This of course is also dependent on what kind of project you are working on and how packed your calendar generally is. When I was at my busiest I could barely squeeze in five different one hour blocks into my week in between meetings. For others, their day is wide open and they just need to fill it in with some structured time. Shoot for as long as you can take it. Start small and make it longer as you get used to the discipline.


Take Small Breaks

If you booked yourself a 2 hour chunk of time to work on a project, that doesn’t mean you need to hammer away for 2 hours straight. Take small breaks here and there. I use the Pomodoro method which is a 25 minute on and 5 minute off timer. So work for 25 and then get up and take 5, stretch, snack, restroom, then get back to it. There are tons of apps and things that can do this for you. I like it because it helps me to know that there is only a few more minutes of focus left. So I can put off the snack or the coffee or the text messages for just a few more minutes and then I can break. Four sessions of 25 and 5 and you’ve got 2 solid hours of deep work done. And it feels great.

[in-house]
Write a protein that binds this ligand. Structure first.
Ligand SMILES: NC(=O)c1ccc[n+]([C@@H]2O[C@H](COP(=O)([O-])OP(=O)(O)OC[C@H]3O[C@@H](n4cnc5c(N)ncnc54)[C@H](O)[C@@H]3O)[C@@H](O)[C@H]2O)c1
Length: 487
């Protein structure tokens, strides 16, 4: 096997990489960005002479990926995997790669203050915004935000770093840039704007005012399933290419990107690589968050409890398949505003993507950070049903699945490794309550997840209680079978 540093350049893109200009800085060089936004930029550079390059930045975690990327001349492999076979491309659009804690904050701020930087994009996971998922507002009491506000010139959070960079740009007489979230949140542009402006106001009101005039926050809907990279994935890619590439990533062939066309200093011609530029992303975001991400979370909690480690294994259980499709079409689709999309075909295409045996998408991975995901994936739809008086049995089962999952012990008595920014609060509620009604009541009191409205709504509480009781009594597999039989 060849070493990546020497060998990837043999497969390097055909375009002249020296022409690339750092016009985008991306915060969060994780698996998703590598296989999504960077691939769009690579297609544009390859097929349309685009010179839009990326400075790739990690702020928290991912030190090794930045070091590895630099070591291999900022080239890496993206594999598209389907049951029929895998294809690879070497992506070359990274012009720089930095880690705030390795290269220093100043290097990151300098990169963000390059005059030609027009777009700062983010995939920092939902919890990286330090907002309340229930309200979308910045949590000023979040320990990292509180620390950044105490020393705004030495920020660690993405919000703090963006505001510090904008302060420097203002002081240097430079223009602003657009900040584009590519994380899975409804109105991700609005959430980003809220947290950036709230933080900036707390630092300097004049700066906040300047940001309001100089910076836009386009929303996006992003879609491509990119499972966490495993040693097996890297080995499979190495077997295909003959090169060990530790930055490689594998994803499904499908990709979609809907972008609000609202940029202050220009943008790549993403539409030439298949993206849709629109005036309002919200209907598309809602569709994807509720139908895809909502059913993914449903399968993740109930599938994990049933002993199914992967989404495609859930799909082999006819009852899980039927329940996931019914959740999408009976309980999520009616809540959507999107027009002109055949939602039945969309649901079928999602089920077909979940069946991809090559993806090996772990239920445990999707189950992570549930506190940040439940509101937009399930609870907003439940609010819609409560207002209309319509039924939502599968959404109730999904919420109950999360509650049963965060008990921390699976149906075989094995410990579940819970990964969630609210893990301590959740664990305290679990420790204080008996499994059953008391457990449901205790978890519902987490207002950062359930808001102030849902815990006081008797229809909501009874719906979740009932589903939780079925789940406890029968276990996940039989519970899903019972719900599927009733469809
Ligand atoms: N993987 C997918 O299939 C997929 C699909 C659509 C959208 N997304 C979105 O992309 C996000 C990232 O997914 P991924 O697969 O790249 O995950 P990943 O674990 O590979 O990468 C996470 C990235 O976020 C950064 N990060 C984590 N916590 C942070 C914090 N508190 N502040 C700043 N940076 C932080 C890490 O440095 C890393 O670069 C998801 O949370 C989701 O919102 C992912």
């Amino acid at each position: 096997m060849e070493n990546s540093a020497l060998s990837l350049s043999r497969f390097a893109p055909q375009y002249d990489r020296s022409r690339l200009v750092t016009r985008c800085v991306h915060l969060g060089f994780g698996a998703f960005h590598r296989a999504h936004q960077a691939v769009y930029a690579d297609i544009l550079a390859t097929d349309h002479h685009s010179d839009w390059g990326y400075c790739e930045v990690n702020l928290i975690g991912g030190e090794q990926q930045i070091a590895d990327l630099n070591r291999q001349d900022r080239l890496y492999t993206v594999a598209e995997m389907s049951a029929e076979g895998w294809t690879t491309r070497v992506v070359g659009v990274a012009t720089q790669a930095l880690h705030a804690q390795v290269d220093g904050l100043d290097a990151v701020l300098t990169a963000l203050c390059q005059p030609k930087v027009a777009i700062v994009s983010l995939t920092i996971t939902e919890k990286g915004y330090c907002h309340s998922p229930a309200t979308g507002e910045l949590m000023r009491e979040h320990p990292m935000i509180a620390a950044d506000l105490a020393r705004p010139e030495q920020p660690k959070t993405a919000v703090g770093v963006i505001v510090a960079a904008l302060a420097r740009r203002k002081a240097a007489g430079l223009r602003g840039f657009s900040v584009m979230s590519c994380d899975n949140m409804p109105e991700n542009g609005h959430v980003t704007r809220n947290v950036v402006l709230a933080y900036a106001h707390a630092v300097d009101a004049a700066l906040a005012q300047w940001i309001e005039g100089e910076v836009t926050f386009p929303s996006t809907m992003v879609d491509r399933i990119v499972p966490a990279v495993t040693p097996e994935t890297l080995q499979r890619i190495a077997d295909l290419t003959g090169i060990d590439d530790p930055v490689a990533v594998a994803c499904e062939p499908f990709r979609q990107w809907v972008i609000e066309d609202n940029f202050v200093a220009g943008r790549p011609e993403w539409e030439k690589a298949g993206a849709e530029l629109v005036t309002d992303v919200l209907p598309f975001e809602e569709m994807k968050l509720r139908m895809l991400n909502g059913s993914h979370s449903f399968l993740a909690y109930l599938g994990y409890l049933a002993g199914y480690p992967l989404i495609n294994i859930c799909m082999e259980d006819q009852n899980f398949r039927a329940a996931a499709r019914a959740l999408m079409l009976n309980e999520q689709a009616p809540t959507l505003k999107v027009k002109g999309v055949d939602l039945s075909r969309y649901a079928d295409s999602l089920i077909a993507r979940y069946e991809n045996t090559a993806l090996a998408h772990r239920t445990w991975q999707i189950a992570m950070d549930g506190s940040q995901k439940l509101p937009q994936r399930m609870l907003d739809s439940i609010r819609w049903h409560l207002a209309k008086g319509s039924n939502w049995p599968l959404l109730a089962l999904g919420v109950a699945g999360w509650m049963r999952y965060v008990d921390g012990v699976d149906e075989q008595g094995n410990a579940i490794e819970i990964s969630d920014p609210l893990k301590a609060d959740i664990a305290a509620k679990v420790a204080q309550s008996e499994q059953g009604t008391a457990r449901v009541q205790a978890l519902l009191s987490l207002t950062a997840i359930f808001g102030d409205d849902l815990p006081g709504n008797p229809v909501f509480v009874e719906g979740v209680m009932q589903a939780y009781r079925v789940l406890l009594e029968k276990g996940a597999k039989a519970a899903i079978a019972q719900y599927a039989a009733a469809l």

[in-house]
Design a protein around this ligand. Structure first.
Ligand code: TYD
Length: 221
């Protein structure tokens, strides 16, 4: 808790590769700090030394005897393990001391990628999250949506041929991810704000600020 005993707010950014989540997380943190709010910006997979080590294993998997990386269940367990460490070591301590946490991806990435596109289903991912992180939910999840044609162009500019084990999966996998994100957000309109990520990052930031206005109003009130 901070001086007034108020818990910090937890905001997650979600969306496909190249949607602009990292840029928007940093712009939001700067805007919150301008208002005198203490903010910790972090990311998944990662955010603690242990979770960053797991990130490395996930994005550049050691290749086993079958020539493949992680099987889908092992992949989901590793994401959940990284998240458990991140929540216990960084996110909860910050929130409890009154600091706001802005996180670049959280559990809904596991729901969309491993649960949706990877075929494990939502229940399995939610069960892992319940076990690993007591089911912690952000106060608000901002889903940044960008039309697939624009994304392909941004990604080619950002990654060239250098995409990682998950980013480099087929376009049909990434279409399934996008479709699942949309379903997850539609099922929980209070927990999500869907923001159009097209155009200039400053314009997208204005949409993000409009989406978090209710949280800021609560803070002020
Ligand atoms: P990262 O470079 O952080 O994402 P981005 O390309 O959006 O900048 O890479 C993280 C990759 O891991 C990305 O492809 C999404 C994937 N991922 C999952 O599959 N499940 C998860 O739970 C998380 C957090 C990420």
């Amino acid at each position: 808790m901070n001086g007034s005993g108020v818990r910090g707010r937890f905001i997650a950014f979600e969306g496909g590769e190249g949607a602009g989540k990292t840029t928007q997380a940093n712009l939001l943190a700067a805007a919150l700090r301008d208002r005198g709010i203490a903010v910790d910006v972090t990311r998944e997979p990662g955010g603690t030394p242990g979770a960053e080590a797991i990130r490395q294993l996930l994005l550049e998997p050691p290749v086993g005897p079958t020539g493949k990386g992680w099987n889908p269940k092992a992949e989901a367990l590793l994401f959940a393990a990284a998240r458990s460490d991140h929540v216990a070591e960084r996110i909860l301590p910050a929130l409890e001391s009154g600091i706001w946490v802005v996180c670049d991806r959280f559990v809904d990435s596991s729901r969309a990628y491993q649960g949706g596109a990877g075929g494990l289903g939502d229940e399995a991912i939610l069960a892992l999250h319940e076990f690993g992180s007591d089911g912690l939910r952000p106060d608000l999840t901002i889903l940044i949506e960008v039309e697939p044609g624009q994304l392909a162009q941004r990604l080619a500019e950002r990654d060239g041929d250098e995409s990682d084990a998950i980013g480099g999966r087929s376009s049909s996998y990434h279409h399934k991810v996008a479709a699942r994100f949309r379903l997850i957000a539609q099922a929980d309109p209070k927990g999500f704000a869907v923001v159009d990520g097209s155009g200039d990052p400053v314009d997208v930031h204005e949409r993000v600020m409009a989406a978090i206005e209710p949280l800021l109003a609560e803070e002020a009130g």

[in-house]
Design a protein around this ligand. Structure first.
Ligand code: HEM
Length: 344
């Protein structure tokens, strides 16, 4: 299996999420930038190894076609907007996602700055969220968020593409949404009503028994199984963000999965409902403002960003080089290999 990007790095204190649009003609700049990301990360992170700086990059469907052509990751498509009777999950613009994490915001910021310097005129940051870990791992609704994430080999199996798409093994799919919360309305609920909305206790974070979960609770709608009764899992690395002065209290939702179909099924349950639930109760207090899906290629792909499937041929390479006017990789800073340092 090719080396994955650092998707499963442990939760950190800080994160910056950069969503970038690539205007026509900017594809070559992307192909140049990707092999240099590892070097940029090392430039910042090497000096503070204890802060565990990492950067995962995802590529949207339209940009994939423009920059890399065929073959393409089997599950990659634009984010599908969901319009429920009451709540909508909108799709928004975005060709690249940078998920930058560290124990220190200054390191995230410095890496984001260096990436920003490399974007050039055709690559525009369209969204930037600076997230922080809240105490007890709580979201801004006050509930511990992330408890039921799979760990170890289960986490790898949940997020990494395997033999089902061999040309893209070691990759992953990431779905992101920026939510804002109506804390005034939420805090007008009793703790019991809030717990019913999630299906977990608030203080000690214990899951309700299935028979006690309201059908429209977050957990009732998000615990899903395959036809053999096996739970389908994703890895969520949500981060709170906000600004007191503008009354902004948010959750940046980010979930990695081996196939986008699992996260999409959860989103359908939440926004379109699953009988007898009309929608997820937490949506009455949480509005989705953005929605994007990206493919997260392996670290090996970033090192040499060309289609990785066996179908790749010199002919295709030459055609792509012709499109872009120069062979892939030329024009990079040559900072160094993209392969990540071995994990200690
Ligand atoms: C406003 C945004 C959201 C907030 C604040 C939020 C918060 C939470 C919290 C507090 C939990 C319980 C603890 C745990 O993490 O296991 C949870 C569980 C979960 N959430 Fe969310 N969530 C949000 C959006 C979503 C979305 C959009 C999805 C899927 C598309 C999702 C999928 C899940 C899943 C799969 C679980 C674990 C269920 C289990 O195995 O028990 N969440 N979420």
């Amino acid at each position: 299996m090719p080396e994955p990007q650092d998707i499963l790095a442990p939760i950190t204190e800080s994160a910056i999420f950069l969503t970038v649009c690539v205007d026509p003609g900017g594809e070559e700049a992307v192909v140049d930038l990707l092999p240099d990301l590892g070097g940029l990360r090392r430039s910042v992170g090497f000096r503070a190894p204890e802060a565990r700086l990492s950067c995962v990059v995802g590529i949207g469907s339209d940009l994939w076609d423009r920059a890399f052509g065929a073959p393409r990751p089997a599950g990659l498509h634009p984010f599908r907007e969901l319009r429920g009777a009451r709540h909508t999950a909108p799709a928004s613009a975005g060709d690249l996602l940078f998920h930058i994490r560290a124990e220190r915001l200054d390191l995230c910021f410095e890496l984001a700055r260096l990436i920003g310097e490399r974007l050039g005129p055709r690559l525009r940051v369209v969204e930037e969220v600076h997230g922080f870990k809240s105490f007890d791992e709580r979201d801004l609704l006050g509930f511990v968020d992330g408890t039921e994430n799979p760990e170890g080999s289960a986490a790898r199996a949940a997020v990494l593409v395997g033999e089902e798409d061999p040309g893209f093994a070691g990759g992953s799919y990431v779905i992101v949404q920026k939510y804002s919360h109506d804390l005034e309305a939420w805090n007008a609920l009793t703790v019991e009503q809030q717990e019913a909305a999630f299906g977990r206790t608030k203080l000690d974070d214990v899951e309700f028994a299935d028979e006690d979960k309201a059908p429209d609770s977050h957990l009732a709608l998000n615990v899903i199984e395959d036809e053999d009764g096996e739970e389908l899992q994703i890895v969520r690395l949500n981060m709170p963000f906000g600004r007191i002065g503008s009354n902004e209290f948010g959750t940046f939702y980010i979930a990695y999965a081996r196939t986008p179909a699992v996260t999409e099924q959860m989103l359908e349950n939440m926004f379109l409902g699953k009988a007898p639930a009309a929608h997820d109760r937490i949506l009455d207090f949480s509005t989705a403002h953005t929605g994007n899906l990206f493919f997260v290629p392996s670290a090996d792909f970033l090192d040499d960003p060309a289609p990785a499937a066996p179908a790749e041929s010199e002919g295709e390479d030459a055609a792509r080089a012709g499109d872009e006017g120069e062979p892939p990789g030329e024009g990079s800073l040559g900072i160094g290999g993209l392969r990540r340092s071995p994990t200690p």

Some common hurdles

Keep Your Commitments to Yourself

If you have a time block but something truly urgent comes up, it’s ok to move your time block later in the week (as long as you have space for it). But don’t cancel it. Reschedule it just like you would do if it were a meeting with a colleague. Stuff comes up and you can be flexible, but as it gets later in the week, those decisions are going to get harder and harder. Eventually you will have to say NO to something. Make sure that you are as committed to yourself as you are to others.


Here is a practical tip

If you have a time block and something “urgent” comes up. Ask yourself, would I cancel my time block for this urgent matter if I were meeting with someone else? Or would I finish my scheduled meeting and then address the urgent matter afterwards? Treat your time with yourself with respect.


Here is another tip

If on Friday you have 5 meetings on the calendar including your time block, but only have time for 3. Two will have to move to next week. Thats just fact. But which two? Don’t just bump the last one, and don’t just bump your time block. Figure out which meetings are actually the easiest to move and the least important that you do this week.